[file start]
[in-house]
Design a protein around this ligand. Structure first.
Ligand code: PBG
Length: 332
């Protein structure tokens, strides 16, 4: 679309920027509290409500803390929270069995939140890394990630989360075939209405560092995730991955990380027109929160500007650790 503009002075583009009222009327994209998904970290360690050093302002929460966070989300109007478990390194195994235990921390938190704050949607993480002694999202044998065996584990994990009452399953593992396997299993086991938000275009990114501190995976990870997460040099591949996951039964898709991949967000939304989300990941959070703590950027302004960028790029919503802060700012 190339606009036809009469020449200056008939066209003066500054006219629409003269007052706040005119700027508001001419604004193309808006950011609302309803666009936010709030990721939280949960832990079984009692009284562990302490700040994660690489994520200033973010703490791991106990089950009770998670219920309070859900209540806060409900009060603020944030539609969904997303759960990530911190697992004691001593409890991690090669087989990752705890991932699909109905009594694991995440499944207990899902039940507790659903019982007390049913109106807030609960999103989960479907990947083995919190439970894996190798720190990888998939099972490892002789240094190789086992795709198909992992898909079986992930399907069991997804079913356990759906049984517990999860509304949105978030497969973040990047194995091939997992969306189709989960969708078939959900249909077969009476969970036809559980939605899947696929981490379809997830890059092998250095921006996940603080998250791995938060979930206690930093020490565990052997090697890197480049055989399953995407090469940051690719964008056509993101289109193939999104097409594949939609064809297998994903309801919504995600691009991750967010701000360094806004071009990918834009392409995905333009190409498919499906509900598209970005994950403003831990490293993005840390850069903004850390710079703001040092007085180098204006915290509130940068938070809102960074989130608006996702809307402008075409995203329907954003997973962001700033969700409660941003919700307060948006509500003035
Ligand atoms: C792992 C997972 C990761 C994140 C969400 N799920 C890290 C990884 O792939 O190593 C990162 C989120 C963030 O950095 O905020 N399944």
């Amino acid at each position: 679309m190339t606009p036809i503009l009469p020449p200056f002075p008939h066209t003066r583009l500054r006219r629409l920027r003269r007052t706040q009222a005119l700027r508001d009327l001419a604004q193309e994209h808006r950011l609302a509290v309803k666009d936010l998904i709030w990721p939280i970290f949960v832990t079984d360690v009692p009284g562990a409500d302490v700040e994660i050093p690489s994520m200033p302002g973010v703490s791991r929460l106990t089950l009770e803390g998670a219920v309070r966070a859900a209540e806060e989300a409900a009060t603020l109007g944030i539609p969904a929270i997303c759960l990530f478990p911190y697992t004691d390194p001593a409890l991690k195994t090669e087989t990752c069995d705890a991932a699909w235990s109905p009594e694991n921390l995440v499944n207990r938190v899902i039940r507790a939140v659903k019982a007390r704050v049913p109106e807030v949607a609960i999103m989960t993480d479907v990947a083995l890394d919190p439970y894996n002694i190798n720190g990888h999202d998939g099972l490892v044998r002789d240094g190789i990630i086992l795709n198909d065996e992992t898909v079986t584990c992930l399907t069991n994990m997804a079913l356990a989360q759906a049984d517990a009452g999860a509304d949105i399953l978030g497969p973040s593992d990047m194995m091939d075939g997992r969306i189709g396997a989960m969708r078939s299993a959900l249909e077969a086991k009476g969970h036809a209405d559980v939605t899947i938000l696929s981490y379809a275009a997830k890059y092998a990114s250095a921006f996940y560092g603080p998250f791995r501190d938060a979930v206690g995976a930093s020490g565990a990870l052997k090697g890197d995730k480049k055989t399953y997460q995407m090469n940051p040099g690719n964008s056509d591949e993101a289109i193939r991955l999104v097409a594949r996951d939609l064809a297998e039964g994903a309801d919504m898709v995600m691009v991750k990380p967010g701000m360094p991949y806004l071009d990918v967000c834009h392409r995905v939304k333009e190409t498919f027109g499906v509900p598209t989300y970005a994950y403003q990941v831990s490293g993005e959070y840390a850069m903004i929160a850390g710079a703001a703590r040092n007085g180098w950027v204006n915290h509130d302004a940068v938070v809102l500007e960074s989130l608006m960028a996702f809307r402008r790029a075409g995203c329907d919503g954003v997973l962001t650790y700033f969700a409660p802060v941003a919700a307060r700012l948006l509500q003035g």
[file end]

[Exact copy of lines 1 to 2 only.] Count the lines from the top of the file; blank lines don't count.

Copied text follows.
[in-house]
Design a protein around this ligand. Structure first.